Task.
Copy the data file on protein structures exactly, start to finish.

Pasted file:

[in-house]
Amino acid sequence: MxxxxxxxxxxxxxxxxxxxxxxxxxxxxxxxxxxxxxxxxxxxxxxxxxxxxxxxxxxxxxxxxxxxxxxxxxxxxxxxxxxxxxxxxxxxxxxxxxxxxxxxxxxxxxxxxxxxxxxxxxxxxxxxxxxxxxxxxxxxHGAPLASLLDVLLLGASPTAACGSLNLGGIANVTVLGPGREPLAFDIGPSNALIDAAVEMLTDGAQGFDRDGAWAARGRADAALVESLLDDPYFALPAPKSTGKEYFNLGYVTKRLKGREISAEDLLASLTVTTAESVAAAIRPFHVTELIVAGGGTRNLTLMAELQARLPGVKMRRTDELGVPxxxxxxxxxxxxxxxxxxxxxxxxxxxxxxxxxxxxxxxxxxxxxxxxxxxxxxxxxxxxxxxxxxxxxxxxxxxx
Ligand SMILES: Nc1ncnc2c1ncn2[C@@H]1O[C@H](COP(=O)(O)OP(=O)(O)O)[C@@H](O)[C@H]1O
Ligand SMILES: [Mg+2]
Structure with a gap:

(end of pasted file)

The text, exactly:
[in-house]
Amino acid sequence: MxxxxxxxxxxxxxxxxxxxxxxxxxxxxxxxxxxxxxxxxxxxxxxxxxxxxxxxxxxxxxxxxxxxxxxxxxxxxxxxxxxxxxxxxxxxxxxxxxxxxxxxxxxxxxxxxxxxxxxxxxxxxxxxxxxxxxxxxxxxHGAPLASLLDVLLLGASPTAACGSLNLGGIANVTVLGPGREPLAFDIGPSNALIDAAVEMLTDGAQGFDRDGAWAARGRADAALVESLLDDPYFALPAPKSTGKEYFNLGYVTKRLKGREISAEDLLASLTVTTAESVAAAIRPFHVTELIVAGGGTRNLTLMAELQARLPGVKMRRTDELGVPxxxxxxxxxxxxxxxxxxxxxxxxxxxxxxxxxxxxxxxxxxxxxxxxxxxxxxxxxxxxxxxxxxxxxxxxxxxx
Ligand SMILES: Nc1ncnc2c1ncn2[C@@H]1O[C@H](COP(=O)(O)OP(=O)(O)O)[C@@H](O)[C@H]1O
Ligand SMILES: [Mg+2]
Structure with a gap: